Killjoy cabbies complain to Edinburgh Council over private hire boss’s £92k number plate
KILLJOY cabbies have complained to the council after a cheeky private hire boss bought the number plate TAX1.
The Evening News reported last week how Capital Cars boss Stephen Rose forked out £92,000 for the registration – costing more than the Tesla it sits on.
But now taxi firm bosses have questioned whether the plate breaches regulations by suggesting the car can pick fares up off the street like black cabs.
West End-based City Cabs tweeted: “Breach of licensing conditions. Would love to know why Edinburgh City Council allowed this to happen?”
The firm has written to the council asking whether the plate breaches private hire licence regulations.
They rule out: “the word “cab”, “taxi” or “for hire” or any other word or words which might give the impression that the Licensed Vehicle is available to pick up fares from the street.”
But local authority licensing chiefs said those rules relate to signs on the side of cars rather than registration plates which are issued by the Driver and Vehicle Licensing Agency.
Gorgie-based Capital Cars boss Stephen Rose shelled out on two personalised number plates worth a combined £130,000.
“We see it as a long-term investment,” said his personal assistant Elaine Lamb. “People are definitely talking about it and it’s great for business.”
The two plates were picked up at an auction down south – TAX15 for £38,000 and TAX1 for an eye-watering £92,000, including insurance.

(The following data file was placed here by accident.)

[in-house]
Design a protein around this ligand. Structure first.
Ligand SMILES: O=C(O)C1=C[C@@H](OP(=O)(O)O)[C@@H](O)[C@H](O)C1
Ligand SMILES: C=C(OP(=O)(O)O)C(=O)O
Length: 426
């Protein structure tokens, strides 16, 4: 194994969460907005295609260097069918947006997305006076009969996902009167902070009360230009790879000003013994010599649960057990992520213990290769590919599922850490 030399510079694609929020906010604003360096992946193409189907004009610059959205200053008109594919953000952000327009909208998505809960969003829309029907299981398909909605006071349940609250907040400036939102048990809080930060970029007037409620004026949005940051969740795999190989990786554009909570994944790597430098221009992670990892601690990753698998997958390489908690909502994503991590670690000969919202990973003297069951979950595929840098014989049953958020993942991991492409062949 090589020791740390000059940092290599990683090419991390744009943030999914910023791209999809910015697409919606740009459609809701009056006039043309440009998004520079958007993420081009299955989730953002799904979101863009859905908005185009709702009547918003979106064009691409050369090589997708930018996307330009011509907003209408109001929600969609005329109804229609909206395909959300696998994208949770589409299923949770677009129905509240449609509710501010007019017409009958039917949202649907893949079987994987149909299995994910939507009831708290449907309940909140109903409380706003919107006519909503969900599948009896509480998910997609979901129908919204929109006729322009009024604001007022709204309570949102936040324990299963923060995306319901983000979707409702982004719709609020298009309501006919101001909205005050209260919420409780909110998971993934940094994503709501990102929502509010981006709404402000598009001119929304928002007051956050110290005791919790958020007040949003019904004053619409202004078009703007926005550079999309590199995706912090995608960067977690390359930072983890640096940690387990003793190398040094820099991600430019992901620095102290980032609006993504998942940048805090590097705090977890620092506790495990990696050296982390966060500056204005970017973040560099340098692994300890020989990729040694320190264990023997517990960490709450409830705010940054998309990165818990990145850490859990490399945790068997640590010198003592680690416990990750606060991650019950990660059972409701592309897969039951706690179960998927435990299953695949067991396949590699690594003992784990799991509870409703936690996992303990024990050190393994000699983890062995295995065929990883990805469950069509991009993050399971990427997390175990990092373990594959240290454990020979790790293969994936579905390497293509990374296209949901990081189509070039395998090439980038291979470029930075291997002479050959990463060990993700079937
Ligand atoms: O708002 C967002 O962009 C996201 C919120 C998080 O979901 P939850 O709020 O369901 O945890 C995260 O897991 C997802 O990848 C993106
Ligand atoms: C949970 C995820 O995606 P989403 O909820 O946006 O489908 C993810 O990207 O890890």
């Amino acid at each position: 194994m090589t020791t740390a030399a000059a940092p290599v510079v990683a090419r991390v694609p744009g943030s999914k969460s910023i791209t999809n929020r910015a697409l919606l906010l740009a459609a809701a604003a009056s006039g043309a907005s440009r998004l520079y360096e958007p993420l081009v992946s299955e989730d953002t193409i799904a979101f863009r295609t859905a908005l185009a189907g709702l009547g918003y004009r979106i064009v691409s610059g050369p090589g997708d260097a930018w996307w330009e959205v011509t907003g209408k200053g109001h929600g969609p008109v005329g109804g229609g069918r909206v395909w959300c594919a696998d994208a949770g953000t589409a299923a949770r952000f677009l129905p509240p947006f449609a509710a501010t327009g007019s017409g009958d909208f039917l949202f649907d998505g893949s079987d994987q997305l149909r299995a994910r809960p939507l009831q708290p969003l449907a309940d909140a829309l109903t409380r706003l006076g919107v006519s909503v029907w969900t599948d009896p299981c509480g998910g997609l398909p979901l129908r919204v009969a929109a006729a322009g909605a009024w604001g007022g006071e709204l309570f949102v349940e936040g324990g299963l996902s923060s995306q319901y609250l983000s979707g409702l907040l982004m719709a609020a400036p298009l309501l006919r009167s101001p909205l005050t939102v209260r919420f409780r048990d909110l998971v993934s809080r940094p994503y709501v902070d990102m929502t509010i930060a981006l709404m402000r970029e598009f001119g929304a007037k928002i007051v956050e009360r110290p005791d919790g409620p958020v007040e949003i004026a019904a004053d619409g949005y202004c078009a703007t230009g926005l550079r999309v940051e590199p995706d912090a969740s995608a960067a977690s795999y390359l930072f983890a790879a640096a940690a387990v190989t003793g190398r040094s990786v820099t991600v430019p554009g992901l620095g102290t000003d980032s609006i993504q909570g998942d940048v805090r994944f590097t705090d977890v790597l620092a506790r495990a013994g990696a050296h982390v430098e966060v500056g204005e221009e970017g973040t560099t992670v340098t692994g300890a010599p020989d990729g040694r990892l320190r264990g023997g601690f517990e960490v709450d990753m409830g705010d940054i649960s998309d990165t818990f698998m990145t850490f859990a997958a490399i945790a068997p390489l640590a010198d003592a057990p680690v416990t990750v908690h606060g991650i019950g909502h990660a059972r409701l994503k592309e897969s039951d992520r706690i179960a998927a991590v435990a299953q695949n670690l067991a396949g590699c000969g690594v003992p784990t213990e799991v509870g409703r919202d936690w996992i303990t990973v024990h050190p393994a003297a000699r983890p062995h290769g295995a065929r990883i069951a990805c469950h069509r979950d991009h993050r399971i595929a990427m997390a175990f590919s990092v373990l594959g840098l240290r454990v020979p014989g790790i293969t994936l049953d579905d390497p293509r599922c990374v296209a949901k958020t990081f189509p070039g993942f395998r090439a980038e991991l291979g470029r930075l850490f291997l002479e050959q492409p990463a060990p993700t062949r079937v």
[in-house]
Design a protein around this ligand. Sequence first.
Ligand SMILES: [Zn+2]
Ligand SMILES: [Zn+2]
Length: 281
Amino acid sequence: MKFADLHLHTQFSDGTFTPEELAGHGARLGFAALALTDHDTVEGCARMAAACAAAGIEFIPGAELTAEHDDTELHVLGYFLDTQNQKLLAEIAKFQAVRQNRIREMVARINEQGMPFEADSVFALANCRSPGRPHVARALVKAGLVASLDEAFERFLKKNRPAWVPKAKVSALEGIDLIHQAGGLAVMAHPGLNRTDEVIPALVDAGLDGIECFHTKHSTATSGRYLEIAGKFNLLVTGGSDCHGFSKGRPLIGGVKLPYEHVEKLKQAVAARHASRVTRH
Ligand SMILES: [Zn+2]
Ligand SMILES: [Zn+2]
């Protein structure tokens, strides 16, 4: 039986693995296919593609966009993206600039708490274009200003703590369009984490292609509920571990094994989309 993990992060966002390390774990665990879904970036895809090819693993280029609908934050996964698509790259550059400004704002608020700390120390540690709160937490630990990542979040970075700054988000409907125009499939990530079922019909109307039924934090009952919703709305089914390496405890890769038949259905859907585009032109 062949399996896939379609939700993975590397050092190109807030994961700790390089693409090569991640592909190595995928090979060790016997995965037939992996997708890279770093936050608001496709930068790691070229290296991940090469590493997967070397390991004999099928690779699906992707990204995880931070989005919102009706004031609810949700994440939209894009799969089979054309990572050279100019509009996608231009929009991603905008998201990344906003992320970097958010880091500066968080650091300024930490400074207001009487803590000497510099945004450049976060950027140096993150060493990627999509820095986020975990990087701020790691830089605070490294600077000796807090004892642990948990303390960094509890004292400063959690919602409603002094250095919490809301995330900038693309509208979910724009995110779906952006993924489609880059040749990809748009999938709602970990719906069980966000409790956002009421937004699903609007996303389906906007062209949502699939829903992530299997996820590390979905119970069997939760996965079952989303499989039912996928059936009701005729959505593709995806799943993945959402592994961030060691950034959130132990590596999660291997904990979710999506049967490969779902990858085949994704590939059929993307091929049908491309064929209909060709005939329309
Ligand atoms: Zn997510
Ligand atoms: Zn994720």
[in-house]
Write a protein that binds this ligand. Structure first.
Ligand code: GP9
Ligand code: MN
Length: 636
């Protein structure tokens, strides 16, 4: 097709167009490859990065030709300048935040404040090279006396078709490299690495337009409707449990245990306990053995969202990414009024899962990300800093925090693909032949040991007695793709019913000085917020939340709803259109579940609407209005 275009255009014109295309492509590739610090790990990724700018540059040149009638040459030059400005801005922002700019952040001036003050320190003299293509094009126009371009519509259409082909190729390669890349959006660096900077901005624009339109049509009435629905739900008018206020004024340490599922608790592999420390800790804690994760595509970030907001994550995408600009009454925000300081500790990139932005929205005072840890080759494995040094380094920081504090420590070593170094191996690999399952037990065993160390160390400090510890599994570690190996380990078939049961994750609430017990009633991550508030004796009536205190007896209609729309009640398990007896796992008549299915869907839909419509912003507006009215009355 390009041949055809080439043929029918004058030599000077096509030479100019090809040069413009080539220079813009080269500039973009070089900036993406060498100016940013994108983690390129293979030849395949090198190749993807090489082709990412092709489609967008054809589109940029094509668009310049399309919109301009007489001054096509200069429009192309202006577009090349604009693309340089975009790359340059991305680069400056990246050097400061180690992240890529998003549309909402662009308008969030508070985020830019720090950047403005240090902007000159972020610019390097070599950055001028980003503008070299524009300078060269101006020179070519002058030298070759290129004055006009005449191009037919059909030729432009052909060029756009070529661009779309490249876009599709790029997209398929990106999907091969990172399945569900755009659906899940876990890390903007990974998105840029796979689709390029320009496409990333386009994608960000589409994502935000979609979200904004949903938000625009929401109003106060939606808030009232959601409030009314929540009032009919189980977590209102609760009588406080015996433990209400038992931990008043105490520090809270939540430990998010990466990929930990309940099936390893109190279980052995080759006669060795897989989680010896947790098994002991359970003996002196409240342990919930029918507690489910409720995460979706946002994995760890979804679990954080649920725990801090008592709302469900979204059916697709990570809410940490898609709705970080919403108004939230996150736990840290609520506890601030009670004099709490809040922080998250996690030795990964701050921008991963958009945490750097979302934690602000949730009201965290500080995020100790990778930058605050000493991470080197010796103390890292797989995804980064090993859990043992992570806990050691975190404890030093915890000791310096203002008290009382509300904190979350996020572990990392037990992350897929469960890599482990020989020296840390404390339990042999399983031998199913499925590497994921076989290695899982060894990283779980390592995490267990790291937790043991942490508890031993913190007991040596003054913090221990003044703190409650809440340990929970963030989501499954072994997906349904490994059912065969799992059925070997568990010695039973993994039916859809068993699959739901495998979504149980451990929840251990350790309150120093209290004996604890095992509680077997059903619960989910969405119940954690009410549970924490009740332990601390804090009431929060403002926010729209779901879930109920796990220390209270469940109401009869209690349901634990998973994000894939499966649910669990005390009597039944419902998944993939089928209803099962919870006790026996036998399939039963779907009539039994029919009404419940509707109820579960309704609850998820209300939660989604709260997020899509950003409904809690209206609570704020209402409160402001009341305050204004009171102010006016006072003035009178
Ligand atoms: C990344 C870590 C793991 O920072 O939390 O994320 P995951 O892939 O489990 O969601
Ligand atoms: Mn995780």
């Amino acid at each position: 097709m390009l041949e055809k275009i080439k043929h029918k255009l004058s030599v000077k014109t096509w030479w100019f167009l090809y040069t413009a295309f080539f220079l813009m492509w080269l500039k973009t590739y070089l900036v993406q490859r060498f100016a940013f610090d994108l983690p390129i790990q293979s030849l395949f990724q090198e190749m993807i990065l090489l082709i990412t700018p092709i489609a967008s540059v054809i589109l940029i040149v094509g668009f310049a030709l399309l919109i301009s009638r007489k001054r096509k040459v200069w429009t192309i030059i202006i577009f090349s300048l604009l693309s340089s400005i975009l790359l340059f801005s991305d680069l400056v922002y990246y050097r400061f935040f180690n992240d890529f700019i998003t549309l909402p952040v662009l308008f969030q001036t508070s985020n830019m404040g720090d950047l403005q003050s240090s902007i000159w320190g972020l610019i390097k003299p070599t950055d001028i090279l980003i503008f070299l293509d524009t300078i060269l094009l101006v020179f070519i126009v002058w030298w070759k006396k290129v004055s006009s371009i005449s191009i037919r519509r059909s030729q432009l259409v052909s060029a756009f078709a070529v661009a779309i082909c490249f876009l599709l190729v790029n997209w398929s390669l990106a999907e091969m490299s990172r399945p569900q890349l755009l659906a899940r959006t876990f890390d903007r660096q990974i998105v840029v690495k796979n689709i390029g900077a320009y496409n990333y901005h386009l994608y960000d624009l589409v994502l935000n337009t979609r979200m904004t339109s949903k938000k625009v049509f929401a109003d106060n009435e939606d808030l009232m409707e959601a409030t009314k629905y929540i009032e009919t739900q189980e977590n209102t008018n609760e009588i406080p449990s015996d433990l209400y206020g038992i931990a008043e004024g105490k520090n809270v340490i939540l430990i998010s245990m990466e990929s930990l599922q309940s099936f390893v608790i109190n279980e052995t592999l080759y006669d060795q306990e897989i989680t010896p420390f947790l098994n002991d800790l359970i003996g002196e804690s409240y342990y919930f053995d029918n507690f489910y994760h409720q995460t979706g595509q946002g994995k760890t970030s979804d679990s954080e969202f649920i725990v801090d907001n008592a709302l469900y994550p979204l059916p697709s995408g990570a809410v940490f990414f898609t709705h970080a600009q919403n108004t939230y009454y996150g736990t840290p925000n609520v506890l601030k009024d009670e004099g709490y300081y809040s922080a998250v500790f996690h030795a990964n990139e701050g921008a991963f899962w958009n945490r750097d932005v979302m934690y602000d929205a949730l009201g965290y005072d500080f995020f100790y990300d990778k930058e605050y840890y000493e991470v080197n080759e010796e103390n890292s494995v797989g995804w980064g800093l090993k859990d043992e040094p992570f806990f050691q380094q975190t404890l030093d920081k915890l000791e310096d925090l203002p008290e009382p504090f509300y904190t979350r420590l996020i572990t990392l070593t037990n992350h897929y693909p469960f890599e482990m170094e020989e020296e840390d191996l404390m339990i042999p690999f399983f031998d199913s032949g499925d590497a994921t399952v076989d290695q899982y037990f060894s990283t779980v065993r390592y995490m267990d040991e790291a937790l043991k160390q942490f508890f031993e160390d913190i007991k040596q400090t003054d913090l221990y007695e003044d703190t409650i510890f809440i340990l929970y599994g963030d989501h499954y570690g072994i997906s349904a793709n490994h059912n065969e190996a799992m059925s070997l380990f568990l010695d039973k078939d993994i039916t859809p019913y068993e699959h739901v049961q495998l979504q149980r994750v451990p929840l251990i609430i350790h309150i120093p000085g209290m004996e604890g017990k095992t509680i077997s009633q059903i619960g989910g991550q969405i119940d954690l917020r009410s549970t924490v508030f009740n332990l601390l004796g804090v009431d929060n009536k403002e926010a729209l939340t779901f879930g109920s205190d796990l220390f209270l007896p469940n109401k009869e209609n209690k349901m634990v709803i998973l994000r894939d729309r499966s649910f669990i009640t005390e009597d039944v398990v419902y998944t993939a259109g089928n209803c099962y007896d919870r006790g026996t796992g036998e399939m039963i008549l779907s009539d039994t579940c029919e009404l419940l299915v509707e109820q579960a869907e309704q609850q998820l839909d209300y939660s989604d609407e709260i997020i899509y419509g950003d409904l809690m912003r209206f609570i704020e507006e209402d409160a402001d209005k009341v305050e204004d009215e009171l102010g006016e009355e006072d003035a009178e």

Elaine joked: “It’s a bit tongue in cheek as well because we’re a private hire firm rather than taxis.”
The two Teslas are now available by special request and are already proving a hit with punters – and the number plates are seen as a smart investment as their value will increase over the years.
“They’re really good,” said Elaine. “I’m a real petrol-head but even I’m a convert. They’ve got a range of 250 miles so we’ll be doing tours in them.”
One of Edinburgh’s largest private hire firms, Capital Cars was liquidated five years ago, owing around £300,000 to Her Majesty’s Revenue and Customs.
A winding-up order was lodged for the firm over unpaid VAT but the jobs of 25 staff and 350 self-employed drivers were secured after a phoenix company bought the assets of the collapsed firm.
Seven Sevens Cars took control of the private hire firm and retained the trading name.
Licensing sub-committee convener, Councillor Catherine Fullerton, said: “Any private hire car or taxi is required to display its vehicle registration number, issued by DVLA, on plates attached to the vehicle.
“The council has no power to regulate which registration number is used and the conditions of licence are not intended to do that.”